Safety Gear No Substitute for Supervision
Parents today seem to do a great job preparing their kids for risky activities, thanks to recent advances in safety equipment designed to prevent injuries. Most kids use bicycle helmets, wrist guards, knee pads, safety mats, or life jackets, depending on what they're doing.
Yet unintentional injuries remain the principal cause of disability and death in children over age one.
Safety gear often does work; for example, helmet usage has clearly been proven to reduce a child's chances for head injury. But there is a potential drawback to safety equipment, according to a recent study in Injury Prevention.
A telephone survey of 54 mothers of 7- to 9-year-old children in Ontario, Canada, revealed that the parents allowed their children to take significantly greater risks when safety gear was used. Parents also allowed their children to participate in riskier endeavors if they thought their kids were more experienced at the activity, regardless of safety gear use. (Evidence, however, suggests that boys with more experience at something are just as likely to be injured as those with less experience.) This was true in all seven activities studied: bicycling, swimming, skating, sledding, climbing, running, and jumping on a trampoline.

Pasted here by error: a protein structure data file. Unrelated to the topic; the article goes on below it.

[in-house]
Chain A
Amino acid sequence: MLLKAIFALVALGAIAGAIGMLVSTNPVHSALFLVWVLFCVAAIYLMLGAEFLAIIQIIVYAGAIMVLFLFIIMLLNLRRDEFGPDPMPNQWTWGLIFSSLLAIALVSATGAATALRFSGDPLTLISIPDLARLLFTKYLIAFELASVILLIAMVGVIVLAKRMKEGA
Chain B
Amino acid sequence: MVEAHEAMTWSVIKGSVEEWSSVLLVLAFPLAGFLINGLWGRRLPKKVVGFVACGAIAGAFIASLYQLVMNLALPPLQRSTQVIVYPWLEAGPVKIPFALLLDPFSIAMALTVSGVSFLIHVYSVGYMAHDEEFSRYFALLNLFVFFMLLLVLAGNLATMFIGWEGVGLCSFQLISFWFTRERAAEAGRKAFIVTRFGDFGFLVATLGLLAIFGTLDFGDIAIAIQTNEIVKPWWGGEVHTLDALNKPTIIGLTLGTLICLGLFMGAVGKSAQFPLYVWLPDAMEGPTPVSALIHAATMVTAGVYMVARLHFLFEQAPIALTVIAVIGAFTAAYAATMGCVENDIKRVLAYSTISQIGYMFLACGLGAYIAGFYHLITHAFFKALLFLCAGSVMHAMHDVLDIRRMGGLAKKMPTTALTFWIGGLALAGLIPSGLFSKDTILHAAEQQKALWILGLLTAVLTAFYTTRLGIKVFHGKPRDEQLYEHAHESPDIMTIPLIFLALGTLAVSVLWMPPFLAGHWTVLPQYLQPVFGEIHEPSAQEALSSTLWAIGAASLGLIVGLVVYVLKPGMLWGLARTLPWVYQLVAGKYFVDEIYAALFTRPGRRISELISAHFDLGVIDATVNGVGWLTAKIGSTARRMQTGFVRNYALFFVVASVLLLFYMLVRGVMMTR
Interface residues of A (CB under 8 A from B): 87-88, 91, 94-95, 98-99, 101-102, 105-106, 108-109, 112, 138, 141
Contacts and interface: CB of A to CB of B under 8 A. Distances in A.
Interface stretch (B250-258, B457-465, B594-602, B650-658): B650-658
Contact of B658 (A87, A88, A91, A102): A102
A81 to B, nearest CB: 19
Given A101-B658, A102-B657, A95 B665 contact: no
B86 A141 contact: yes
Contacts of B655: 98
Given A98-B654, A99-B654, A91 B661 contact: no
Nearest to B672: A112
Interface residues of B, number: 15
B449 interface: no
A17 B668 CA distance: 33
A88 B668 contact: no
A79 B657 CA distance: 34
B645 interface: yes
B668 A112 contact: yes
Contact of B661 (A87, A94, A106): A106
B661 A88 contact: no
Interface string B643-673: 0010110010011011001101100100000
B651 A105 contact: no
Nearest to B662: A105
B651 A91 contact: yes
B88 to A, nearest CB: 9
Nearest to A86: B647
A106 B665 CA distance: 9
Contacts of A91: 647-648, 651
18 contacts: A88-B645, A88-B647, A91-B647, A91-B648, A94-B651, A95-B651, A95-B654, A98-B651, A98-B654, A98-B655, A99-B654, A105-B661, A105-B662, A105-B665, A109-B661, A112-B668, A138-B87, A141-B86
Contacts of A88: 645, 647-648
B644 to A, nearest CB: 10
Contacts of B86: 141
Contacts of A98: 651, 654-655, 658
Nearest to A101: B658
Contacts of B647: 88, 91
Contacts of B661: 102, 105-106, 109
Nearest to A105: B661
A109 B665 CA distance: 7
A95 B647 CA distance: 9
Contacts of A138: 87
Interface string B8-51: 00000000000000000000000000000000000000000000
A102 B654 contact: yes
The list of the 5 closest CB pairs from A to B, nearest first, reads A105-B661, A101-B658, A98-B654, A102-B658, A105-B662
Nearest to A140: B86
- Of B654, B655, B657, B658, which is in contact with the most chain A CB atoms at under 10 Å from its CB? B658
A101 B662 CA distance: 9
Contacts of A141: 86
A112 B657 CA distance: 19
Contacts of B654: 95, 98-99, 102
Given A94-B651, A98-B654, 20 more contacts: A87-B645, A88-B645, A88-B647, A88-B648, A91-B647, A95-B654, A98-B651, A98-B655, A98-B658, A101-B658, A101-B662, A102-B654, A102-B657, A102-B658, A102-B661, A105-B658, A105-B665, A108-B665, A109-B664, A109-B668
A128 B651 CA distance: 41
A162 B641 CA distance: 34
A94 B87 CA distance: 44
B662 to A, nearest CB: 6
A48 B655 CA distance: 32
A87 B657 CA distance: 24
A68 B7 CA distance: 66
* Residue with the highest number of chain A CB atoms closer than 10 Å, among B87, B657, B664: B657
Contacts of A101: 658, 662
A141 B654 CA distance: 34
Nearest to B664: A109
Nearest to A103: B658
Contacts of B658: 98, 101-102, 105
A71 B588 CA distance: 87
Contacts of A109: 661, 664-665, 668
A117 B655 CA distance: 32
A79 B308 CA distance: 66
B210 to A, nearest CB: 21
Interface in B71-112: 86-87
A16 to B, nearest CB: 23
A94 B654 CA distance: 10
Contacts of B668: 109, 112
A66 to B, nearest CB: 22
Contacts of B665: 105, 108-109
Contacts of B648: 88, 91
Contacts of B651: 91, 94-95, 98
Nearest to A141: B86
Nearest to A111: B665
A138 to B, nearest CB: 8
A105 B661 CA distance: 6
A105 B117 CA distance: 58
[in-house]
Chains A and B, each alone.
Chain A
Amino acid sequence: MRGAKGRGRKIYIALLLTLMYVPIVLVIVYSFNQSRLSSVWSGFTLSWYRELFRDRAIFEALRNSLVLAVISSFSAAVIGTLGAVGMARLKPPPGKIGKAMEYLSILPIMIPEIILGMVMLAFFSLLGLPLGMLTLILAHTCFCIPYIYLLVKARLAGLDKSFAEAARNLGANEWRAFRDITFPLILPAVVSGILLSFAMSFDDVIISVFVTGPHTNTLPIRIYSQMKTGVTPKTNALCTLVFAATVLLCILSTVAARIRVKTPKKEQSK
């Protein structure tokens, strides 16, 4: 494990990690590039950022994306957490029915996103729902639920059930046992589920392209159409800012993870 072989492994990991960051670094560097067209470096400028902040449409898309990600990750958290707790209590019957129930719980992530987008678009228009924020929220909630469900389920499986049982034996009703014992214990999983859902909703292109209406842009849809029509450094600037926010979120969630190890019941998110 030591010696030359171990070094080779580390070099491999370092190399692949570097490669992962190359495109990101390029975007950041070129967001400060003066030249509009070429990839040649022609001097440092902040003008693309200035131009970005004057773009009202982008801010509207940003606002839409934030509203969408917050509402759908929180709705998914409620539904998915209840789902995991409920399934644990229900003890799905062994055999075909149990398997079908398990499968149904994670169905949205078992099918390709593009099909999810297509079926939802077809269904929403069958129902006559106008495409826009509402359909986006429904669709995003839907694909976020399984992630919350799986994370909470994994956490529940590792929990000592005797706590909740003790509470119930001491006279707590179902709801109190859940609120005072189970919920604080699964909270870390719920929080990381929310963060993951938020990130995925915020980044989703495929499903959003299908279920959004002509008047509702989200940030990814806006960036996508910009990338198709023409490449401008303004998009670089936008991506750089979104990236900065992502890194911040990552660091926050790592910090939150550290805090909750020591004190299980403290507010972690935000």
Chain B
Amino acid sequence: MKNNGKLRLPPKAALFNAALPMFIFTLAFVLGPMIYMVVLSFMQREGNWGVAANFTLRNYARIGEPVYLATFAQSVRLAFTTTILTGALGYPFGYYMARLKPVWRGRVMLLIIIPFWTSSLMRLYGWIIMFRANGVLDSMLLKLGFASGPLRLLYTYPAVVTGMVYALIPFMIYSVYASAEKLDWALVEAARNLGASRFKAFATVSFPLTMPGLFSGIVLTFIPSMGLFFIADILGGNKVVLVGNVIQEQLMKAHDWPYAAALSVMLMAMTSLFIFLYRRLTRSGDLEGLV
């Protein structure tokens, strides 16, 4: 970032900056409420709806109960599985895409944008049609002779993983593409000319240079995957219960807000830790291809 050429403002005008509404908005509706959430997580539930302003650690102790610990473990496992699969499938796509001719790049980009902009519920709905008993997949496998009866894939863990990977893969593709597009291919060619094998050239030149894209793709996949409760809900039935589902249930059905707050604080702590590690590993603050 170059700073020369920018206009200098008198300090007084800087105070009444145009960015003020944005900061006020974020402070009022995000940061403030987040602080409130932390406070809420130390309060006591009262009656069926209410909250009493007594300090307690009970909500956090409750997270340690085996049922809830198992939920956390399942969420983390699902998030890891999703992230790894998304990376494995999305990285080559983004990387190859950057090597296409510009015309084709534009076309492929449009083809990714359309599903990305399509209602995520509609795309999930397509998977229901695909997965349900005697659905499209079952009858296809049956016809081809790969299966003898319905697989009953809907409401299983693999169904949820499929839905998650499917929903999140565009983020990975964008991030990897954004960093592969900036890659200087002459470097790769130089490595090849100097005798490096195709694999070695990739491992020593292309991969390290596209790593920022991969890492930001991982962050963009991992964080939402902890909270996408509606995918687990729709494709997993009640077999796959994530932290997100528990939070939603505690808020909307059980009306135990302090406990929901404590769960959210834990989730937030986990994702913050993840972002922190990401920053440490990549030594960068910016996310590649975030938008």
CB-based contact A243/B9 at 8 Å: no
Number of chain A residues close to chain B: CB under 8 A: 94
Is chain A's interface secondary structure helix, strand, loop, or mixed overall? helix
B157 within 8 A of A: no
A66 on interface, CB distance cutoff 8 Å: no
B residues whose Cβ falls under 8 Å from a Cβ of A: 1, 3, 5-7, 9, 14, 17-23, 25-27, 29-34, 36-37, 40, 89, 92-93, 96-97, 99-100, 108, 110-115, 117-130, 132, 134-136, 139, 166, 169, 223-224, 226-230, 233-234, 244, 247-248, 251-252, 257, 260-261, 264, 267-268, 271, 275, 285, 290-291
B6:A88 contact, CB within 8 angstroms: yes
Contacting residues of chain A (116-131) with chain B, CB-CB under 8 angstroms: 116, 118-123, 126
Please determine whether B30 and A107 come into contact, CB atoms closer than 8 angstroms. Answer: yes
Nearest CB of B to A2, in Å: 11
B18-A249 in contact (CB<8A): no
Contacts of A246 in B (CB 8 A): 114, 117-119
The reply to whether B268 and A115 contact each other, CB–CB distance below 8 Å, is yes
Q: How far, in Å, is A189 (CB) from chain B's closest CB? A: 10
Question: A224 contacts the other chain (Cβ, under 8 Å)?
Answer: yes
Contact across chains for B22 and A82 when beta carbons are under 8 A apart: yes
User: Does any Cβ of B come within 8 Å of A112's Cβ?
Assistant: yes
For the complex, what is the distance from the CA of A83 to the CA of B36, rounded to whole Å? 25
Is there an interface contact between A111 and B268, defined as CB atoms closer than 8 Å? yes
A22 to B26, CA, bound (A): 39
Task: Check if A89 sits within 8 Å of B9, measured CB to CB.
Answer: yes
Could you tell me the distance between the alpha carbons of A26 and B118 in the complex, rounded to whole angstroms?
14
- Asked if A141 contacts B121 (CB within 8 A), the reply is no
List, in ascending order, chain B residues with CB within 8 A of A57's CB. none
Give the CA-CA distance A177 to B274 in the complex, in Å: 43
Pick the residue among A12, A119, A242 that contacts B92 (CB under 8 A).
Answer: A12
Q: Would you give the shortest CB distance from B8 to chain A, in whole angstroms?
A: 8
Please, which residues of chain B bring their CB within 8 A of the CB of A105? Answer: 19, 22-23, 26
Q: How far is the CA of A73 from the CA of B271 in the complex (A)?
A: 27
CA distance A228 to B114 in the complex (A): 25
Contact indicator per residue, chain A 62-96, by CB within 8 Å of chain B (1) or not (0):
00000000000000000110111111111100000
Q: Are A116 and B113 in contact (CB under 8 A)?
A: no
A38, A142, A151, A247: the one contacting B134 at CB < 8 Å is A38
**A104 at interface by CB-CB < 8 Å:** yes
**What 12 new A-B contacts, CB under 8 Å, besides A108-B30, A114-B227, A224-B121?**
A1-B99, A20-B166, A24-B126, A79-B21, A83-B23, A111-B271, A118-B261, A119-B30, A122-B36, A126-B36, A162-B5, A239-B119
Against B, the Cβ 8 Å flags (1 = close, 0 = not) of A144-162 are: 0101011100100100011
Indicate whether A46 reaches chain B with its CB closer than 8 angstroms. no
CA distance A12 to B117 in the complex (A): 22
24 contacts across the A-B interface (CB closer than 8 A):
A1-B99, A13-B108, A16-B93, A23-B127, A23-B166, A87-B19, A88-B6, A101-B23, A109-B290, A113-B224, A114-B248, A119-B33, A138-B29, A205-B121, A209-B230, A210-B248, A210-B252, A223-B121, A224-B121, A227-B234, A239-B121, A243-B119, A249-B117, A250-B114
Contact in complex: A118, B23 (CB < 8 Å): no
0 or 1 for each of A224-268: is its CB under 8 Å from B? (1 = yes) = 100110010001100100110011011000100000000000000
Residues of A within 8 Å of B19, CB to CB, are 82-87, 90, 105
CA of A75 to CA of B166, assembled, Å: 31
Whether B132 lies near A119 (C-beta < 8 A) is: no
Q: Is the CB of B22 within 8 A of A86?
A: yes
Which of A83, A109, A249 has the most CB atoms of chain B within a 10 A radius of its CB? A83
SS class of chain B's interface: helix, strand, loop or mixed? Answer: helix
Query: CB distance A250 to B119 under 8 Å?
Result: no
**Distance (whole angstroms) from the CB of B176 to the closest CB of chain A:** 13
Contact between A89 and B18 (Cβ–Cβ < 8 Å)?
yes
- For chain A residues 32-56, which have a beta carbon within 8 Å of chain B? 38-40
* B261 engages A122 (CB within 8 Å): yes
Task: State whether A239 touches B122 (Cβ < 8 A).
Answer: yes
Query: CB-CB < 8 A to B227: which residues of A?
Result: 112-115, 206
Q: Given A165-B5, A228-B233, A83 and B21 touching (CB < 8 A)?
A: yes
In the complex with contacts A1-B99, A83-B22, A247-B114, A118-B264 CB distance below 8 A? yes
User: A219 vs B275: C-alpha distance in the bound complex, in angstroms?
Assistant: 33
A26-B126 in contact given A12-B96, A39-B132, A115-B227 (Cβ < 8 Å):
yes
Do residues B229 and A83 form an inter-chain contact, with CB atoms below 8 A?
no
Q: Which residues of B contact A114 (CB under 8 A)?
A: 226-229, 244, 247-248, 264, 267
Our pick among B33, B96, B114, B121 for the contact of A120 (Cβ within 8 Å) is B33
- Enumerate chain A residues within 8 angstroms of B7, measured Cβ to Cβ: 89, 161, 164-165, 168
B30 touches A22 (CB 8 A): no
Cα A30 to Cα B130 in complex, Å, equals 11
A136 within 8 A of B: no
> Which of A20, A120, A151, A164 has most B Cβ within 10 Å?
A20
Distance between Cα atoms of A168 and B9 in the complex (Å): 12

Safety gear may moderate injury risk, but it certainly doesn't eliminate it. By allowing your children to take greater risks when safety gear is used, you make them no safer than if they took normal risks without gear. Don't just tell your children to wear their helmets. Monitor their activities to prevent them from taking additional risks under the false assumption that they can't be hurt while wearing protective gear.
Morrongiello BA, Major K. Influence of safety gear on parental perceptions of injury risk and tolerance for children's risk taking. Injury Prevention 2002:8, pp. 27-31.
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